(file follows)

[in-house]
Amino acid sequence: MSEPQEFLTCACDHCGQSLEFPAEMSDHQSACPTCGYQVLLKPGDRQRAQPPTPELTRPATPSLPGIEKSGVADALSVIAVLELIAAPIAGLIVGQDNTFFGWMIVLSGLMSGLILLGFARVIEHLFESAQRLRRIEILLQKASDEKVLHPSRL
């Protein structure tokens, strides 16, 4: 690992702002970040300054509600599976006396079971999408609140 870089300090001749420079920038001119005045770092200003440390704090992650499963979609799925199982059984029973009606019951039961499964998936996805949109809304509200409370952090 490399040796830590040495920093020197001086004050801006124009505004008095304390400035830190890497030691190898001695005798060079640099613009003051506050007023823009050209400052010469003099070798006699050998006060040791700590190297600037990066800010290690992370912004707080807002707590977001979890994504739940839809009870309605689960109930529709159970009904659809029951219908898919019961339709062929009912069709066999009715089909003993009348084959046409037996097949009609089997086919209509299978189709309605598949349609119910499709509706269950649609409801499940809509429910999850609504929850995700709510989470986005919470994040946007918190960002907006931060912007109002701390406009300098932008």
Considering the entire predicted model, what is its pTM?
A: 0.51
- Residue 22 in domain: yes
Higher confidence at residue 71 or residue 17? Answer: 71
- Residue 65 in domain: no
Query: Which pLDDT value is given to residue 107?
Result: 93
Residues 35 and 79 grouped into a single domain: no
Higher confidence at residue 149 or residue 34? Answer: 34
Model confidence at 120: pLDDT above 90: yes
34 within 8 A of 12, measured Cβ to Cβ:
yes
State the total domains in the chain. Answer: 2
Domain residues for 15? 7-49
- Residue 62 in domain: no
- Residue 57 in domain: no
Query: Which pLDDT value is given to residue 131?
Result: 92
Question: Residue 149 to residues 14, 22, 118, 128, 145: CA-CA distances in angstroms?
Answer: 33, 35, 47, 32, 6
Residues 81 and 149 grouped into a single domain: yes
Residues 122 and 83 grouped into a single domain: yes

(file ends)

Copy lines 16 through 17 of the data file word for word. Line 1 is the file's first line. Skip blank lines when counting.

State the total domains in the chain. Answer: 2
Domain residues for 15? 7-49